This is a book that could help readers understand difficult times and perhaps come to terms with their own set of experiences.  Aside from that, it’s so well written and has many elements that kids generally love to read about: environmental issues, coming of age, sibling craziness, other students, often mean and uncomprehending, and then swans, those exquisite almost mythical creatures.

I listened to Flyaway narrated by Harriet Carmichael and produced by Recorded Books and finished up thinking that my commute home was definitely well spent.  It was no white knuckle journey, but the story is compelling and the characters believable.

Time Warp in a Box

The Keepers: book1

 

The Keepers: The Box and the Dragonfly
by Ted Sanders (Author), Iacopo Bruno (Illustrator)
549 pages
HarperCollins (March 3, 2015)
Grades 4-6

This is a story I picked up after passing on it several times. The book cover and description sound interesting, but I just wasn’t sure I wanted to begin another long possibly protracted series for young readers. However, the school year is upon us and I decided to pick it up on the off chance that one of our students might request it.

Horace is a middle schooler in Chicago with an inability to keep track of his house keys. So when he stumbles upon a sign that seems to have his name on it, but in reality has “house of answers” on the sign he can’t resist and has to get a look inside. What he finds is more questions and lots of bins with labels like “unbinnable” or “sorted” and a ledger that writes in colored ink. When Horace discoveres a box that fits in his hand and feels like it belongs there, he is launched into an adventure against two groups: the Keepers and the Makers, of remarkable seemingly magical objects that possess the power to do amazing things. He and another young initiate Chloe must figure out what their artifacts do, and what side they are on quickly, before someone else makes that decision for them.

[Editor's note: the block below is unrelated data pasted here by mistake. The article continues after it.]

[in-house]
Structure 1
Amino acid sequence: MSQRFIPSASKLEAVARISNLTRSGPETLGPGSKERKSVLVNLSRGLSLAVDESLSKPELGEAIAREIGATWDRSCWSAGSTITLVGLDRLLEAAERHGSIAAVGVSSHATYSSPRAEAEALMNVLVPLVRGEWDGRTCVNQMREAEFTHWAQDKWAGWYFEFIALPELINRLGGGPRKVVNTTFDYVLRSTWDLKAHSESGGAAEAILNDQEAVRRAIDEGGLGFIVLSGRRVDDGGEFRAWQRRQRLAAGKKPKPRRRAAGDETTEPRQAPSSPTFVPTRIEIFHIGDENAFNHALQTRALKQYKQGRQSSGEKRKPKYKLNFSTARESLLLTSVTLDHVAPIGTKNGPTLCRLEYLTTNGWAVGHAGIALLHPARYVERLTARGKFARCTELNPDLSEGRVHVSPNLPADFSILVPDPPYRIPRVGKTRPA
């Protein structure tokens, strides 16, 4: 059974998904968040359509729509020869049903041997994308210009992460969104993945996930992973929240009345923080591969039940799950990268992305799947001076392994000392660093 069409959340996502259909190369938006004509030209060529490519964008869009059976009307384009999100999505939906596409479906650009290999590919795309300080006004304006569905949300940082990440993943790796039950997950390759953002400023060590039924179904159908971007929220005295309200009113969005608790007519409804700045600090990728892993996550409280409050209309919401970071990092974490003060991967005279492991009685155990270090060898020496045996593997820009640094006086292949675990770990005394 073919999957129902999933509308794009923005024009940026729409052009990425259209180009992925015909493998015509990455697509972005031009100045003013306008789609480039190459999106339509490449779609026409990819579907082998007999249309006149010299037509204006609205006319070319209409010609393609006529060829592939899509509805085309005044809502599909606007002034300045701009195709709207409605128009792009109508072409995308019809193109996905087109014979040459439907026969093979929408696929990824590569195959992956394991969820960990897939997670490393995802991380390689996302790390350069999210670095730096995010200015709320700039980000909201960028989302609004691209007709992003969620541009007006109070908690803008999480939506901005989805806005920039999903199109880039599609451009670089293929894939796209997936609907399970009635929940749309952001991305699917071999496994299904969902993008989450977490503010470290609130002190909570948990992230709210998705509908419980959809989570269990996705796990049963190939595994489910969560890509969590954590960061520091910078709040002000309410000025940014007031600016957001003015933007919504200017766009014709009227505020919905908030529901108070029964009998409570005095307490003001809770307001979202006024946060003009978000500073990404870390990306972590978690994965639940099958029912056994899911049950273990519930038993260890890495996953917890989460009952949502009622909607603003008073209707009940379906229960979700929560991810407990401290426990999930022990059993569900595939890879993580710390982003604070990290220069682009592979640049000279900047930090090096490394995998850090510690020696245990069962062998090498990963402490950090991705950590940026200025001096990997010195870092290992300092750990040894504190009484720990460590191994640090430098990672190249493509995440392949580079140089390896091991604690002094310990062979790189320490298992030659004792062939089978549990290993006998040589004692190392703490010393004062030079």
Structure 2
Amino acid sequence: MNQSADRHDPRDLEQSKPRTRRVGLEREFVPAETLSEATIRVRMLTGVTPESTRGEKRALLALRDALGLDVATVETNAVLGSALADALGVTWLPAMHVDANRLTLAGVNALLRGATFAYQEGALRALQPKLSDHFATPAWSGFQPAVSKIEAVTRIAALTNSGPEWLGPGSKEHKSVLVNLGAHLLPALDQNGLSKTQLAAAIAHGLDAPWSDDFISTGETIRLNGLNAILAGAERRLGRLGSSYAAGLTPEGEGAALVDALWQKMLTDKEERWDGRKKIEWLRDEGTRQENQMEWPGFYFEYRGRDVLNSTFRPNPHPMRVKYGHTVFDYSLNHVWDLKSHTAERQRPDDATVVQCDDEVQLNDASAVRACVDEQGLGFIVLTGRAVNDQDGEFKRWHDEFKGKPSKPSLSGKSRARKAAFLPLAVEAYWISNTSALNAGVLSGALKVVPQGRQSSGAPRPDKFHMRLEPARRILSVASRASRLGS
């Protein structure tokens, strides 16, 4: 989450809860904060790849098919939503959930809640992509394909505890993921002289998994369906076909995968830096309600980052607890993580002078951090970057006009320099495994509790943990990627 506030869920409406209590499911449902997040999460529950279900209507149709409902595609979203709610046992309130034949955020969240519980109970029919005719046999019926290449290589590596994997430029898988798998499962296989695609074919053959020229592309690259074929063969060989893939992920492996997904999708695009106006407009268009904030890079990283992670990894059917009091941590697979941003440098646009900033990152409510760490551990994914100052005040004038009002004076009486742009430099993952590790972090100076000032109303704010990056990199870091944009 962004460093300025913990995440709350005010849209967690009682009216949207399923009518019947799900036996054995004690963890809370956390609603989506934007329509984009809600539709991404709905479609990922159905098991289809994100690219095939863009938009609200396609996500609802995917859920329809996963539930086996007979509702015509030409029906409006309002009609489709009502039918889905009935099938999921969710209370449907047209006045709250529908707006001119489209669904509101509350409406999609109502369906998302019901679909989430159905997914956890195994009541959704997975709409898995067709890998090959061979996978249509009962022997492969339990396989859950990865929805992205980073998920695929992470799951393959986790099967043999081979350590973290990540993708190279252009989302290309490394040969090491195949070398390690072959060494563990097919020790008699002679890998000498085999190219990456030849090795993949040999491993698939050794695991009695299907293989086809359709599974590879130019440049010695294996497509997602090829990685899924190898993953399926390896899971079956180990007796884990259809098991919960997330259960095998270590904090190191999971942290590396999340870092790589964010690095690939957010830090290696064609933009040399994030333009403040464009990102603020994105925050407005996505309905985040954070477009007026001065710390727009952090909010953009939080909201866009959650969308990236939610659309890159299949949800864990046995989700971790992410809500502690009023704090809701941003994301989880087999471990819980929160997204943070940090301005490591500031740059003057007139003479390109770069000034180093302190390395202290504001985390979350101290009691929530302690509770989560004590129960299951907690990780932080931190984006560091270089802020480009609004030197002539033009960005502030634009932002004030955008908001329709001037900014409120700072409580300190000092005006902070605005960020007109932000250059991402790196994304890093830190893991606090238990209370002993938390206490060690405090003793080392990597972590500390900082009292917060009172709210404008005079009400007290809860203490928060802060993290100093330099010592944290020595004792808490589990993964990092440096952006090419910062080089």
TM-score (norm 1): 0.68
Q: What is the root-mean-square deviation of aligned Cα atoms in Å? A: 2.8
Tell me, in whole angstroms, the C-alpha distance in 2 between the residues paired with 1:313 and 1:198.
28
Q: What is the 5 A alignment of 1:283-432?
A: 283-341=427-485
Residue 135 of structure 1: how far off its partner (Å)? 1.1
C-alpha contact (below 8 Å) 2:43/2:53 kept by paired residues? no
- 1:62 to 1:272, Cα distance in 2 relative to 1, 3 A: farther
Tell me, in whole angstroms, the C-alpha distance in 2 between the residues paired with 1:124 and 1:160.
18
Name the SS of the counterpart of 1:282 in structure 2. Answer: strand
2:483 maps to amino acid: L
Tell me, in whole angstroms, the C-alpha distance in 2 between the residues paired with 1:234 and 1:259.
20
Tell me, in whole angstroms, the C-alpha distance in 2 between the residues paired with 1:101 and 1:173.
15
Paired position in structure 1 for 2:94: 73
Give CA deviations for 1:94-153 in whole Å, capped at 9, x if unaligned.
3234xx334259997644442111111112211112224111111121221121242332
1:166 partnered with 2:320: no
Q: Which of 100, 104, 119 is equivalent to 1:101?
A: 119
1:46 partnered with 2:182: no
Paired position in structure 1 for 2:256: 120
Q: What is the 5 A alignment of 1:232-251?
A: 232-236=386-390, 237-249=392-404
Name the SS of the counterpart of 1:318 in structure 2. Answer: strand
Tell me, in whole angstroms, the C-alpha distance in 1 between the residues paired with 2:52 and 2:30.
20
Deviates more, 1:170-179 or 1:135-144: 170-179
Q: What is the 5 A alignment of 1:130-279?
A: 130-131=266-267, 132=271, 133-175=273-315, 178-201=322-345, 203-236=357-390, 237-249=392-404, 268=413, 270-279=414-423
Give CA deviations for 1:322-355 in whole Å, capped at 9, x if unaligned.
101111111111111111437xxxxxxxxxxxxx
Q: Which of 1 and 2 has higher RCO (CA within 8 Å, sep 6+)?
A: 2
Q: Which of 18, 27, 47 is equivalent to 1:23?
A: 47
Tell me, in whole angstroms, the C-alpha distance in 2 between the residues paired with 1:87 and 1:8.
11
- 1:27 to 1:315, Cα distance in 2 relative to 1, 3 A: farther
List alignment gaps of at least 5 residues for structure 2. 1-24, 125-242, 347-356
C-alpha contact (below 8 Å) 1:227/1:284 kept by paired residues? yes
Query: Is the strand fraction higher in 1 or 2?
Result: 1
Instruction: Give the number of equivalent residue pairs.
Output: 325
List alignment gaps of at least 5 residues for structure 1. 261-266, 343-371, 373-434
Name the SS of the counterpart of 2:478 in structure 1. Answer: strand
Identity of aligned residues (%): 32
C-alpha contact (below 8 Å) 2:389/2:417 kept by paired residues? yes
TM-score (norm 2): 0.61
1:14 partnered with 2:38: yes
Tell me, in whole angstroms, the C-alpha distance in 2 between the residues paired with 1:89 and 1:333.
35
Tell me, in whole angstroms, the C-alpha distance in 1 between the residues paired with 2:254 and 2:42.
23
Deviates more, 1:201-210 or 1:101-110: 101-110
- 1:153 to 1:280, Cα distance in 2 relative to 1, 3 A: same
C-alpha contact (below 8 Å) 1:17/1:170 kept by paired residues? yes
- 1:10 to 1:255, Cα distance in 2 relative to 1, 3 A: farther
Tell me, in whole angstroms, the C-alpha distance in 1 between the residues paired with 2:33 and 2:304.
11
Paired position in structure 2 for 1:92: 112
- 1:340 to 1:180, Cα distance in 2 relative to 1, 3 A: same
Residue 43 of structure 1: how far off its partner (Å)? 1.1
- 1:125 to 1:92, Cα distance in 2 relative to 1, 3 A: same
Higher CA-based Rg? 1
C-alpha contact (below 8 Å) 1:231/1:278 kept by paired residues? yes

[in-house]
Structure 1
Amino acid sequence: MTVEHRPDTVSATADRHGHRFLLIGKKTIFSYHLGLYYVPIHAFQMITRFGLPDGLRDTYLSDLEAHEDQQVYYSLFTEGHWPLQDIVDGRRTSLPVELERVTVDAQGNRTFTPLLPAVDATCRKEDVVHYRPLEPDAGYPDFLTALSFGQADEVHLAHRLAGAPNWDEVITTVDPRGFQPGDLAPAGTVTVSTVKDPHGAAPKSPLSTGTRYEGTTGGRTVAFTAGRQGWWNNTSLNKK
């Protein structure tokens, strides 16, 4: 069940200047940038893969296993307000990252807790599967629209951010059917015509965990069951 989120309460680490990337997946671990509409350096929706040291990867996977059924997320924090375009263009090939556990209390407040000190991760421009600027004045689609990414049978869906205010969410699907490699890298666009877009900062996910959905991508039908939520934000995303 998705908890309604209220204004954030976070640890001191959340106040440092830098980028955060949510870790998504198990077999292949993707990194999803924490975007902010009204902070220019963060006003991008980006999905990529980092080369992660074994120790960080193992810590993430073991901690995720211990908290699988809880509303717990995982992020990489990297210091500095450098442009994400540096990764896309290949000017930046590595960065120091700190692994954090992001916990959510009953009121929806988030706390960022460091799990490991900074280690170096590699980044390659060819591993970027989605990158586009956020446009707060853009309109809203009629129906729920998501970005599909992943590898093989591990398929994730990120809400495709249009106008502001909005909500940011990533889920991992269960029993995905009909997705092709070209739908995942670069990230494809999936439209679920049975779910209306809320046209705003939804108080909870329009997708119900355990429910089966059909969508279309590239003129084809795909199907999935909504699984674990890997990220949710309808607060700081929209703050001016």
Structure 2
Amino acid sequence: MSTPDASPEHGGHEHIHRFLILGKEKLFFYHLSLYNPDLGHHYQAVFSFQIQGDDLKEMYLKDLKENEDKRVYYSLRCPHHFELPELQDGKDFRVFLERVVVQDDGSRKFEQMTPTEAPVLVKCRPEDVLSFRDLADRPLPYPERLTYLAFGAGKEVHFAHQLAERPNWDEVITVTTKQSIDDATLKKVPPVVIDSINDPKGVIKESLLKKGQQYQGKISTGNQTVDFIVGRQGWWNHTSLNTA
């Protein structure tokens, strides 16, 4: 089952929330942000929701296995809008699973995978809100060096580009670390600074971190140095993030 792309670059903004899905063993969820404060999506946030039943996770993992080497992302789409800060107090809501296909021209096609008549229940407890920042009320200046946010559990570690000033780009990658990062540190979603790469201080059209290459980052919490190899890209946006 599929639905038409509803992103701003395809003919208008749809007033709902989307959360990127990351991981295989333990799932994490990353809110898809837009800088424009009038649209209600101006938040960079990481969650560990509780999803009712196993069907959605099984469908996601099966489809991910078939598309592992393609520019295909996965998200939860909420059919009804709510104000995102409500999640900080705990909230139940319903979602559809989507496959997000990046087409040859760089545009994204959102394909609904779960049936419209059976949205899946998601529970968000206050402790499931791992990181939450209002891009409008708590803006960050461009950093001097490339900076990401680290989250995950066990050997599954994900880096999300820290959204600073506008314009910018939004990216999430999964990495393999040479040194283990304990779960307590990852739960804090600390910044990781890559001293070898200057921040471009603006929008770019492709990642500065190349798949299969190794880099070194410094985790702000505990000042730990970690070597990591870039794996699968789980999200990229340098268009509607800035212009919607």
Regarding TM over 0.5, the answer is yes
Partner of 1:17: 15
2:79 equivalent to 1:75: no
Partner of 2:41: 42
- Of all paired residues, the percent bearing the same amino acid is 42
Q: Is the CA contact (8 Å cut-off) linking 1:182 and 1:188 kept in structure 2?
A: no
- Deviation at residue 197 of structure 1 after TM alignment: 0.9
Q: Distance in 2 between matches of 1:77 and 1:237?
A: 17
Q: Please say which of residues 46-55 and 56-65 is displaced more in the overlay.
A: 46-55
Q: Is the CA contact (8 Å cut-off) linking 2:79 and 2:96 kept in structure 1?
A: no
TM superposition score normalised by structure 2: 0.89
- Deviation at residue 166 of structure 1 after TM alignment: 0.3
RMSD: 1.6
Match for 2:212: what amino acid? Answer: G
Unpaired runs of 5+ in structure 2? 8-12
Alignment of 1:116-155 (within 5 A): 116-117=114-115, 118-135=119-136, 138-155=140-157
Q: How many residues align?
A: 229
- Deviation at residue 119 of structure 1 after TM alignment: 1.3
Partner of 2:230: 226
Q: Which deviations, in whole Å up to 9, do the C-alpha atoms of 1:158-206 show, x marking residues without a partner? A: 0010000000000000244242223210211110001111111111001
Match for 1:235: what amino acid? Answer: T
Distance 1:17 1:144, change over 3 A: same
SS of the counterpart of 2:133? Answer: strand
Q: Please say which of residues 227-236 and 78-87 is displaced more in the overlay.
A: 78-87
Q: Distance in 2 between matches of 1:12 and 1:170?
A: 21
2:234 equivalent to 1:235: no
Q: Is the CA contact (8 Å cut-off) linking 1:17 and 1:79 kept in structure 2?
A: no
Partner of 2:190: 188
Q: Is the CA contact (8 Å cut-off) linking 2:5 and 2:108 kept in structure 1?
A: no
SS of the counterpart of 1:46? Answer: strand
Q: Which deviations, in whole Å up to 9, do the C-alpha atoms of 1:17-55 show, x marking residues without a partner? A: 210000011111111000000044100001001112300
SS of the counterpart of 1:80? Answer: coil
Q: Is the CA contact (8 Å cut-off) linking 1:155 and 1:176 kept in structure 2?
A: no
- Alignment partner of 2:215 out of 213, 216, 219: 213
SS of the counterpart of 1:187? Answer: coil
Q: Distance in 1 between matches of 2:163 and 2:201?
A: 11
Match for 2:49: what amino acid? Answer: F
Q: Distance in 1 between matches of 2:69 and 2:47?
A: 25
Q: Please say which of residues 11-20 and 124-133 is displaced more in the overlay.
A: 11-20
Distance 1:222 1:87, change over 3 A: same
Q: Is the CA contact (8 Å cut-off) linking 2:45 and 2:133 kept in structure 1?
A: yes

First the good. It is a fun junior fiction tale that has a secret society, magical/science artifacts, a big bad, and a boy/girl team. The bad, the first book is one ginormous set up. Oh yes, there is some action, and some pretty impressive world building, but I just didn’t think there was any character development or story progression. In the end, our characters ended right back where they started, just with more knowledge and no bad guy defeated. Oh, and I am not a big fan of scientific exposition within what is billed as a fantasy. These long discussions stalled the story and made for uneven reading. Because so little was accomplished I am thinking this series is slated to be a big one. For a young boy or girl who is a fan of action adventure stories with a dash of science, this is a great novel.

Parental Note: I really didn’t like the Chloe’ abusive drunken father or the solution/explanation of he’s ok it’s just the alcohol/artifact/situation…. There were some pretty distressing emotional reasons given for Chloe’ fathers depression that just don’t justify his behavior. Sorry, abuse is abuse. And to imply that it is ok to treat your children this way because their Mother walked out is inexcusable. It is also inexcusable to say living in filth is alright if he is good deep down inside. I really wanted to say don’t rescue him, let the bastard rot, but that is not how it is done in Junior Fiction stories.